Snap! (BYOB): Lesson 4: Building a Number Comparison Block Using a Reporter and How It Translates to C++

For background information and how to get started with Snap! (formerly known as BYOB), click here for lesson 1. I’m using BYOB version 3.1.1 for my examples, but you can follow along with either version linked below.

Snap! homepage

BYOB download

Previous lessons:

Snap! (BYOB): The Drag-and-Drop Programming Language for Beginners: Lesson 1

Snap! (BYOB): Lesson 2 – Making a Custom Block and Introduction to Costumes

Snap! (BYOB): Lesson 3 – Building a Number Guessing Game Using Variables, Loops, and If/Else Statements

Snap! is a great learning tool for programmers of all ages. It helped me get into a programming mindset as a Computer Science major and also gave me a fun way to introduce programming to my 12 year old. The following program is easily built in Snap! but also touches on concepts in C++, such as console output, returns, and functions.

This lesson introduces the reporter block through a simple comparison program and shows the relation to the C++ language.

For the first exercise, I’m using blocks from the following categories:

  • Control
  • Operators
  • Variables

Under Variables, click the “make a block” button. First, select Operators as the block’s category because it’s math related. Second, change the option from command to reporter. The finished program will report back the answer instead of making our Sprite say the answer on stage. Third, name the block. “Smaller number between and” may seem like gibberish, but variables will fill in the gaps. Click OK.

Screenshot (99)

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Inside the new block

When the cursor is hovered over the block, a plus symbol represents spots where text or variables can be inserted.

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Create 2 variables: number1 and number2. Make sure Input name is checked.

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Block after adding both variables

Under Control, grab the if/else block.

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Under Operators, grab the _ < _ (comparison) block. Once the comparison block is inserted right of the “if,” drag number1 and number2 into that block. Remember: when you want to duplicate a variable, simply click and drag the first one. If you click and drag another variable, you will actually move the variable instead of making duplicates.

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Under Control, grab a report _ block for the if statement. Repeat this step for the else statement.

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The logic is simple: if number1 is smaller than number2, report back number1. Else report back number2. Drag the variables into their correct spots to finish the program.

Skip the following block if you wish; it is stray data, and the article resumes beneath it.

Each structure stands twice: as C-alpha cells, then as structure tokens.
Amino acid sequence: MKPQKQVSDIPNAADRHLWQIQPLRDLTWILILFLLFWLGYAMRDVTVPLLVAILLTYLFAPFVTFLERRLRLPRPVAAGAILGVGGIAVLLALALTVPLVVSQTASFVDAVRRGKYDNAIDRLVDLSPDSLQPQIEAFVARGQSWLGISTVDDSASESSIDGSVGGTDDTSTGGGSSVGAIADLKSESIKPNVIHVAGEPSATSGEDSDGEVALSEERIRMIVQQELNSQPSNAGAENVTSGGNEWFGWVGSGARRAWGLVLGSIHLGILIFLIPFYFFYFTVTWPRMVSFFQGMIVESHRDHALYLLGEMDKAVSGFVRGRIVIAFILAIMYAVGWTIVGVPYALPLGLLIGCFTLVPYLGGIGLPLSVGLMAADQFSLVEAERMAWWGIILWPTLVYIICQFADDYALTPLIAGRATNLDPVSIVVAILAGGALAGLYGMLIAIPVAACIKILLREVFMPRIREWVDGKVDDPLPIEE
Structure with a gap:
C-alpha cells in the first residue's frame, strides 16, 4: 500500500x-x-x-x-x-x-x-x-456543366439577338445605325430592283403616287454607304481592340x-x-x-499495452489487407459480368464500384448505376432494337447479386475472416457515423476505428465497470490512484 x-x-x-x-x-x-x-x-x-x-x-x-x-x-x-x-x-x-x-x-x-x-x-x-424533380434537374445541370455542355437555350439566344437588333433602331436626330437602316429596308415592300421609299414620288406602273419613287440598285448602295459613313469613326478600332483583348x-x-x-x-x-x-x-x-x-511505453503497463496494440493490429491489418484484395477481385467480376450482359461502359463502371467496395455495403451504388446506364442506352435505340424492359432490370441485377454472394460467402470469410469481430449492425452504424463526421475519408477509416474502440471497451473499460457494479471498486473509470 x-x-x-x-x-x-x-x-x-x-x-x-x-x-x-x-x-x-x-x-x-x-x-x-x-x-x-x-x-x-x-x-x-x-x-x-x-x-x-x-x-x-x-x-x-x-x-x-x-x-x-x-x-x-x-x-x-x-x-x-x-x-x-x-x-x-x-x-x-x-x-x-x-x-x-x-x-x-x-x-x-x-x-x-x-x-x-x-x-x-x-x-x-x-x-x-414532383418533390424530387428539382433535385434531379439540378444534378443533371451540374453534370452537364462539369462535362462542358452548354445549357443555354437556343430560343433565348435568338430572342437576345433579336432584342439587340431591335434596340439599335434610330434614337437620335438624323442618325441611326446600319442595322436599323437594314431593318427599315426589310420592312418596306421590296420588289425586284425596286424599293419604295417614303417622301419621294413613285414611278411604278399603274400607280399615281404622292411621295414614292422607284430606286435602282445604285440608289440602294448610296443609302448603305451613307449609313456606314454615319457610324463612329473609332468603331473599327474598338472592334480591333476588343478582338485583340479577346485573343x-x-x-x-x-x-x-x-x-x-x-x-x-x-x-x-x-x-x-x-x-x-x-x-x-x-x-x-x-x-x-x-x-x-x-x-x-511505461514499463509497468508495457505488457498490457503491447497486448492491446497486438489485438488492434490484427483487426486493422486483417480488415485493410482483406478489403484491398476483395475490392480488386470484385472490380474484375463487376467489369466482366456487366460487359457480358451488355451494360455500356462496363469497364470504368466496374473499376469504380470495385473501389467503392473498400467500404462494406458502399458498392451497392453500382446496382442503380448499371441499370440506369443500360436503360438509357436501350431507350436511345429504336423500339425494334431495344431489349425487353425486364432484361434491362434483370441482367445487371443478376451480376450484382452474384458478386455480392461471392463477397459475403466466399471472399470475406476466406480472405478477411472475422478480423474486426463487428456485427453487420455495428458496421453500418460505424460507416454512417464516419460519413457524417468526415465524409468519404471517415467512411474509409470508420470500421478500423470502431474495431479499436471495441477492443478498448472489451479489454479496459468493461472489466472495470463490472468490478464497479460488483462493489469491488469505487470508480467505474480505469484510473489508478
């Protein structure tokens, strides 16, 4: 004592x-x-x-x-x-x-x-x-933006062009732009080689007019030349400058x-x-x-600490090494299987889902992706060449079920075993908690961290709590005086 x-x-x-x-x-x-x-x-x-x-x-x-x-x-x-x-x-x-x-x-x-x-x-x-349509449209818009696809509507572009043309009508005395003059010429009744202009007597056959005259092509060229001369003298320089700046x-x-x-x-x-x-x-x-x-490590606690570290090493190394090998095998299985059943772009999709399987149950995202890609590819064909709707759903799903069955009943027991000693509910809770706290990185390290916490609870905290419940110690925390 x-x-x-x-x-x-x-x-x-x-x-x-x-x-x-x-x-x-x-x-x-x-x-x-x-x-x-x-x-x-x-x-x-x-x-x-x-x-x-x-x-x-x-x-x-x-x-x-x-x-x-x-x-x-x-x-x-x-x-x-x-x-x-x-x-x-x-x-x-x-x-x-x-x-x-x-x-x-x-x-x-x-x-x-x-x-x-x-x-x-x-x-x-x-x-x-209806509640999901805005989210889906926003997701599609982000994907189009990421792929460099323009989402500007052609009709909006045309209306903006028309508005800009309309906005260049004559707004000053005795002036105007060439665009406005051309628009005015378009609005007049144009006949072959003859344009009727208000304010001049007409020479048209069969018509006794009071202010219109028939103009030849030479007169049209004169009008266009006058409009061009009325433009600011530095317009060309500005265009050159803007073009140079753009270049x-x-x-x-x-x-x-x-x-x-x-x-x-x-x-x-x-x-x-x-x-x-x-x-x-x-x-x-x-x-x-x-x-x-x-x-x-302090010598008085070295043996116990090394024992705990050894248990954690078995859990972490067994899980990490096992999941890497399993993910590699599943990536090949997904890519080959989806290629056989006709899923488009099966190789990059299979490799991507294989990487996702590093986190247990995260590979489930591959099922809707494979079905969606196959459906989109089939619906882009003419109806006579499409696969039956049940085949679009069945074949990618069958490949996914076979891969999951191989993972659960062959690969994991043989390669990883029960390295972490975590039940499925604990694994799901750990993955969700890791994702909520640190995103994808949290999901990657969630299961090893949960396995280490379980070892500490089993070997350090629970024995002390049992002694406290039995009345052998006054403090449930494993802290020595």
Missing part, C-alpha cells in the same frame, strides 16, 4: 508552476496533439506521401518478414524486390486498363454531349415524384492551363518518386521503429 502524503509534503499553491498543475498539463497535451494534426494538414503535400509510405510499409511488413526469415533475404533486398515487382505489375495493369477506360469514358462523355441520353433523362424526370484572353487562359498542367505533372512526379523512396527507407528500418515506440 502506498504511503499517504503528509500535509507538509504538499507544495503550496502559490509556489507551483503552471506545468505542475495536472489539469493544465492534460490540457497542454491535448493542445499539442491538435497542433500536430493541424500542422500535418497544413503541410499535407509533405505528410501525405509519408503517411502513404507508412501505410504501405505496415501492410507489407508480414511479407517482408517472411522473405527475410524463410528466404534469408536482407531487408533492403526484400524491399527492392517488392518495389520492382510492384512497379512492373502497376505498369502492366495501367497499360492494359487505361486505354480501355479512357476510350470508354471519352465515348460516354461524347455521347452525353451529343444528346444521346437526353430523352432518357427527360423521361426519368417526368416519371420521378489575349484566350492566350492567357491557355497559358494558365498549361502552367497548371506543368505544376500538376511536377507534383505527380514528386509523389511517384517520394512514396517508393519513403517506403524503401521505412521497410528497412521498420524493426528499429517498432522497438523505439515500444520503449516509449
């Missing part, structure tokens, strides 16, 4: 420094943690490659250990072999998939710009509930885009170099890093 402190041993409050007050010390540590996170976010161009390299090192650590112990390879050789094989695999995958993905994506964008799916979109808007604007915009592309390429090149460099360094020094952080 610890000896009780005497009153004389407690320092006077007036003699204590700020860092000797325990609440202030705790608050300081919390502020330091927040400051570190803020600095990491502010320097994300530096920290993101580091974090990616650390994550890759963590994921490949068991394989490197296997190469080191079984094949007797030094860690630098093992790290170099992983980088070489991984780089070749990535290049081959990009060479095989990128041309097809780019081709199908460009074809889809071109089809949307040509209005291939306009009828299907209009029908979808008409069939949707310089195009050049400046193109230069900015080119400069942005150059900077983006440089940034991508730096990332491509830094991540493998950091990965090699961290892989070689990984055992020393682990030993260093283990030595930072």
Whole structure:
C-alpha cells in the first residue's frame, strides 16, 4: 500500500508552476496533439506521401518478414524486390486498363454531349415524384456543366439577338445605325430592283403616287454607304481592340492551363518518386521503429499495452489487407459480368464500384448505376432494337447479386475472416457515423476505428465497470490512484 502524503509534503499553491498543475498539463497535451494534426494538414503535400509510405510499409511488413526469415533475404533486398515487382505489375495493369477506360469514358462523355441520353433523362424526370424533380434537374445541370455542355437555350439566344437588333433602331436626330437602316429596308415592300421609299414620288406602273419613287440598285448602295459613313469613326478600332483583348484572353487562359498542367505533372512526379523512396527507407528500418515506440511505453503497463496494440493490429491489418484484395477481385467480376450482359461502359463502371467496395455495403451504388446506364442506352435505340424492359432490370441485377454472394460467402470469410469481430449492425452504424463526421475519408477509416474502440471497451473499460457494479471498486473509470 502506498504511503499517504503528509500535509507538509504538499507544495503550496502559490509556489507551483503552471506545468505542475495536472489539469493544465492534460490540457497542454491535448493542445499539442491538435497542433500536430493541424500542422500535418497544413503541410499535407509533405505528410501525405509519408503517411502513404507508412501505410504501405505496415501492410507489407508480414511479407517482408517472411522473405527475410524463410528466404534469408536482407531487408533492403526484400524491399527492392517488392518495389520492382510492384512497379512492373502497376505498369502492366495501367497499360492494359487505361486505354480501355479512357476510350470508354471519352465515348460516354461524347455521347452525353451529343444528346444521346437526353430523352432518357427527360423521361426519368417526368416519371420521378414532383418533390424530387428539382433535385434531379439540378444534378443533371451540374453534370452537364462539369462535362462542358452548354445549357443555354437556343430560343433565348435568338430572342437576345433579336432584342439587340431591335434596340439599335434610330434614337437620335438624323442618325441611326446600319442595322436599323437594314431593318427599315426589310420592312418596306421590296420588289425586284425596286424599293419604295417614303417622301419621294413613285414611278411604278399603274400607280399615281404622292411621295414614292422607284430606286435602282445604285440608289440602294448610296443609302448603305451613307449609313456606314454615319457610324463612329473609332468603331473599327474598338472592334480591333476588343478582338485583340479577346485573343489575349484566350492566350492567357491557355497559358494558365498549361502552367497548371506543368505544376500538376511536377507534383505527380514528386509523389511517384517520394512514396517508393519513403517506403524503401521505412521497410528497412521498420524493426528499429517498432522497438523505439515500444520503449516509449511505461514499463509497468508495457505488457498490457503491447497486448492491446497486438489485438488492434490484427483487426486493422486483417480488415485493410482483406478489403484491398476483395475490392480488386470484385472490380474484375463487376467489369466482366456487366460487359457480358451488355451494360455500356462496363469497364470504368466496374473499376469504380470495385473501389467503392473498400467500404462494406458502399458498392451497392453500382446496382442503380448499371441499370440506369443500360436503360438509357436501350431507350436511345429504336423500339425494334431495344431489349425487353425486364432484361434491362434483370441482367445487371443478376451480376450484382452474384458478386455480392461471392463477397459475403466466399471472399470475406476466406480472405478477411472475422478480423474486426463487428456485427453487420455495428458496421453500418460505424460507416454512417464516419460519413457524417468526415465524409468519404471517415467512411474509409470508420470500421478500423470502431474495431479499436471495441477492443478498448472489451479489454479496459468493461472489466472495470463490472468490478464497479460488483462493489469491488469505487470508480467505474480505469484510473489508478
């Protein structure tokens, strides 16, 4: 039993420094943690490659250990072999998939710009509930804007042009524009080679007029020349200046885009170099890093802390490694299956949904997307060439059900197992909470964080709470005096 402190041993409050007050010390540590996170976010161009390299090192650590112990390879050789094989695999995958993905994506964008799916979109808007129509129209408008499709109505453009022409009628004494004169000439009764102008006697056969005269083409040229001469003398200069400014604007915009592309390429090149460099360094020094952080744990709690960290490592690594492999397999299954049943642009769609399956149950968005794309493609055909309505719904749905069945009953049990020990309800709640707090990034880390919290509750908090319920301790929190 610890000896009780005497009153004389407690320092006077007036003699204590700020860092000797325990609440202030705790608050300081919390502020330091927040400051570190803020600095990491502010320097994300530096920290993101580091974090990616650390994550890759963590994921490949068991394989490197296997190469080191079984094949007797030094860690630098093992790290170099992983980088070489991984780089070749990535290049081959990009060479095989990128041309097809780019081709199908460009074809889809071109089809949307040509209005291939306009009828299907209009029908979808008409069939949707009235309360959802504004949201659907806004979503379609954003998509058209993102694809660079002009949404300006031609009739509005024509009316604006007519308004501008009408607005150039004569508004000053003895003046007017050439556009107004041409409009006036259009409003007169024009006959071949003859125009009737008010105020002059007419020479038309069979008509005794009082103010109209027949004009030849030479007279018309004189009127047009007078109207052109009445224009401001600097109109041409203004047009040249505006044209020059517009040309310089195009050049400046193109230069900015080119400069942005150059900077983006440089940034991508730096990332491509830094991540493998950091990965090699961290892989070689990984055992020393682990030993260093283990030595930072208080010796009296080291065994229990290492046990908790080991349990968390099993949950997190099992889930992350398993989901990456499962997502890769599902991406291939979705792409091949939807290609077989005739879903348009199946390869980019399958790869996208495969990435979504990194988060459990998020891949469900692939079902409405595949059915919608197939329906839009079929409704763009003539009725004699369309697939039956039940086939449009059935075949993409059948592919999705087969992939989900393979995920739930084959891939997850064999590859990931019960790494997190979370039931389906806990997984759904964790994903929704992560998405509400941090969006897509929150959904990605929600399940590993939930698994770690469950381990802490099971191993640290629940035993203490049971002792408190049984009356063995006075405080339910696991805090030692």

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Click OK and grab the finished block under Operators.

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Manually enter numbers and run the block.

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It works!

One of the most powerful and useful tools in C++ are functions. Read more about functions on They can get rather complicated, but I’ll keep things simple here. Think of it as a way to reuse code. For example, you can write a function that sorts a text file. You can call that function every time you need to sort a file instead of writing that longer chunk of code over and over.

How this relates to the block we built in Snap!

In Snap!, we have a say block that makes the Sprite say something. He doesn’t do anything with the information; he just says it. The say block is like the standard output stream (cout) in C++.

In Snap!, we have the report block. It gives us back a value instead of just saying it. That allows us to take that value and do more operations on it.

The following code is written in C++ using QT Creator. It’s basically the same block we built, using the Snap! equivalent of the say block instead of the report block.

My function is getSmallest with parameters number1 and number2. It compares the numbers using an if/else statement and prints out the answer. Down in main, both variable values are declared and the getSmallest function is called. firstNumber and secondNumber are passed to the function and it goes to work.

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Use void when you do not need a value returned
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Result of getSmallest function

What if you wanted to get a value back from the function and do more operations on it before printing something out? That’s where the report block in Snap! comes in, or return, in C++.

Code changes: void changed to int and cout changed to return.

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Declare type when you want something returned

This version compiles but it actually prints nothing. When the values are passed from main, the function no longer prints anything. So main needs adjusted.

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This works but is pointless without further operations

The following code does something with the returned value. answer is declared as the returned value of the function. Then, finalAnswer equals the answer plus 100. The last line prints out the final answer.

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Now there’s a reason we returned that value

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Snap! equivalent:

Screenshot (135)


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